Sales and Marketing Are Not Really the Same Thing

sales vs marketing DALL-E mg magazine
Illustration : DALL-E / mg magazine

Although often linked in job titles, company divisions, and corporate reports, sales and marketing are related, but not identical, concepts. Ultimately, the two have the same goal—to sell more products to more people more often—but how they accomplish this goal is quite different.

This is important, so pay attention: Sales is the act of converting products or services into revenue. Marketing, on the other hand, creates relationships and desire. Sales is commodity-driven and always involves a call to action. (Think “Buy now!” or “$30 off this week only!”) Marketing transforms commodities into brands and brands into icons. Instead of presenting the product or service to consumers, marketing brings consumers to the product by creating powerful emotional connections.


In practice, the differences may seem subtle. Consider Amazon’s approach. The company does a lot of selling. Its ads are ubiquitous online and easy to spot, typically following a prescribed formula that resembles products’ listing pages on the retail giant’s website. The company is relentless in emailing users who haven’t purchased anything in a while, inviting them to check out similar products or other item types they might enjoy based on past purchases. Both of those are sales tactics, and they compose the majority of Amazon’s consumer outreach. KFC adopts similar methods.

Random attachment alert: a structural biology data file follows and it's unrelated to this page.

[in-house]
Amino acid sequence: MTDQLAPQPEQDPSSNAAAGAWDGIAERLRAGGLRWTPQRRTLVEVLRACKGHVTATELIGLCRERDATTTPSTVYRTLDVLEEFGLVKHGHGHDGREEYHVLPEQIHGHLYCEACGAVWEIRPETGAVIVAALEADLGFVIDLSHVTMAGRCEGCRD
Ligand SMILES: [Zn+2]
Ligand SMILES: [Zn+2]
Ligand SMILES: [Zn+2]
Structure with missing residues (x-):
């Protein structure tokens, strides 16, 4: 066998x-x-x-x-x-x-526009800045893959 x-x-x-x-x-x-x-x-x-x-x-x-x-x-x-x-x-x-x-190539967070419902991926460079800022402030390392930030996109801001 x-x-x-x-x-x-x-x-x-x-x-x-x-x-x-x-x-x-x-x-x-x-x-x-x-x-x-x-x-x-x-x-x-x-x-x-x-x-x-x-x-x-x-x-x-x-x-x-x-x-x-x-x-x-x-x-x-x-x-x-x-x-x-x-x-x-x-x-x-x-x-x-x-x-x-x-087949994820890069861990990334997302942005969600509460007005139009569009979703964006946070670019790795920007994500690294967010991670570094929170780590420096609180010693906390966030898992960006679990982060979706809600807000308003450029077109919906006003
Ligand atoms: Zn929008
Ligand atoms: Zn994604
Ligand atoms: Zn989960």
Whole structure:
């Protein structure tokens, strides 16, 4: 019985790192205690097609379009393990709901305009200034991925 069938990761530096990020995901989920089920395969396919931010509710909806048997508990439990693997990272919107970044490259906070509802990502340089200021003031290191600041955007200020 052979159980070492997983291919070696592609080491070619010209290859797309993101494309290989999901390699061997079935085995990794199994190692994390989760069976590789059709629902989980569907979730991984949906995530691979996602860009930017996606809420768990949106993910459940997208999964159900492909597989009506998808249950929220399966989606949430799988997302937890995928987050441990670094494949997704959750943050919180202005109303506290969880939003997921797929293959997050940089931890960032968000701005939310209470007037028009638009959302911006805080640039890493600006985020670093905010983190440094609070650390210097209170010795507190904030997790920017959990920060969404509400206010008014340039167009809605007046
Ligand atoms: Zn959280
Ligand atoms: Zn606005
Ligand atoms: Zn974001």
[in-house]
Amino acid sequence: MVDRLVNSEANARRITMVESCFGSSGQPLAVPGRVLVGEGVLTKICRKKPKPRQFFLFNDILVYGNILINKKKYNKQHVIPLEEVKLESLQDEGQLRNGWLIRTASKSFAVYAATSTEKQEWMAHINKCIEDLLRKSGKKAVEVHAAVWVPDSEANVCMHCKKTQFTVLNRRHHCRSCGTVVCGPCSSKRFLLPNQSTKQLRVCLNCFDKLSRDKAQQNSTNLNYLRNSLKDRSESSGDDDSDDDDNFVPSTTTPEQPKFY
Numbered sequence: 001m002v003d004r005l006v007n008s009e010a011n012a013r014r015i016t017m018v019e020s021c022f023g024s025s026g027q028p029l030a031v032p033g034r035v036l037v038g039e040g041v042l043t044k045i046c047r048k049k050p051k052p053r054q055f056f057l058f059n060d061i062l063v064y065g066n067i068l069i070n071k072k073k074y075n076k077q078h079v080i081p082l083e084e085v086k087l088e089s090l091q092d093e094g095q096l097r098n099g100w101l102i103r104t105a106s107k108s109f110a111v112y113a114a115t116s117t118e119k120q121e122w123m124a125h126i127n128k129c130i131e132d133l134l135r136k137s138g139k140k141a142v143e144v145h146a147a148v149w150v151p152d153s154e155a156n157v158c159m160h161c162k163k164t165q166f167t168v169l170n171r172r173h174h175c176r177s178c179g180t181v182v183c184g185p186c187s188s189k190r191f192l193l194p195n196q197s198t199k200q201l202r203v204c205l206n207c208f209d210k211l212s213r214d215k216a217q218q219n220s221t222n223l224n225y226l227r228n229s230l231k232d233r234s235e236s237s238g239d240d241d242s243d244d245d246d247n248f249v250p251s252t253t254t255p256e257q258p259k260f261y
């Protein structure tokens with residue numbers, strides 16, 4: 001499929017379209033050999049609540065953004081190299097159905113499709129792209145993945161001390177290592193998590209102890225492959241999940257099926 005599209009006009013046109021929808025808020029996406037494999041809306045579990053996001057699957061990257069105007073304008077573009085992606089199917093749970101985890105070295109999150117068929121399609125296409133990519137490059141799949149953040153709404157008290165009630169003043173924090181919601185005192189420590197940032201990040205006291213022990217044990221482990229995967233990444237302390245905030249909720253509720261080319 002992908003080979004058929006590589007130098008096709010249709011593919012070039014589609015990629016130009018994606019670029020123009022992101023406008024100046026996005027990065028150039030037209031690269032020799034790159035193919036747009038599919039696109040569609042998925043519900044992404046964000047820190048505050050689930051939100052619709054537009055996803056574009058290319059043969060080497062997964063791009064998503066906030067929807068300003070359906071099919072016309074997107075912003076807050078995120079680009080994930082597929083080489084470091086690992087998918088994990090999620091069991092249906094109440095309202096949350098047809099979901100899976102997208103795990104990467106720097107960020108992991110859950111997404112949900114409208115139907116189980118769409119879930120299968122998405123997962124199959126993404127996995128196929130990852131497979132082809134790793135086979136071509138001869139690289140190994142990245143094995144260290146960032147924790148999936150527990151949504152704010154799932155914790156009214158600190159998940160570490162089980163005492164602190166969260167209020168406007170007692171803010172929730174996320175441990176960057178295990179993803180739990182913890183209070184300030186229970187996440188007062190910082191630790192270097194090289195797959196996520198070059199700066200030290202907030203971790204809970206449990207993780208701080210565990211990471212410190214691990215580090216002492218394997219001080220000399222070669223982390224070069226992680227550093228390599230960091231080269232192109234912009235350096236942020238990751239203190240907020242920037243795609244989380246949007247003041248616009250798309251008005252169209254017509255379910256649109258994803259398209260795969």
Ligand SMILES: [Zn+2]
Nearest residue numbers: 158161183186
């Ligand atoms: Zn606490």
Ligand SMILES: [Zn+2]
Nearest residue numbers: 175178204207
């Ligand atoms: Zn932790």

Now consider companies like Apple and McDonald’s. When was the last time either of them presented you with a direct opportunity to buy something? Instead, both are heavily invested in marketing a lifestyle or experience. They and Amazon use the same methods—advertising, media coverage, newsletters, social media—but the major focus is on how their products will make your life more fulfilling.

Procter & Gamble’s Charmin ads featuring a family of oddly colored, anthropomorphic bears are everywhere, seemingly determined to destigmatize bathroom habits. The Walt Disney Company is a master at creating desire with its aspirational consumer outreach (which occasionally does attempt direct sales). All of these are examples of marketing.

Sales and marketing are equally vital to a company’s success, and both require hard work, especially in a highly regulated, extremely competitive environment like the cannabis industry. In this issue, the mg team attempts to provide some assistance on the marketing front to help start the new year off with a fresh perspective. Get creative, start something new, or upgrade something you’re already doing. And don’t forget to have fun along the way—because when marketers enjoy what they’re doing, the target of their efforts will, too.

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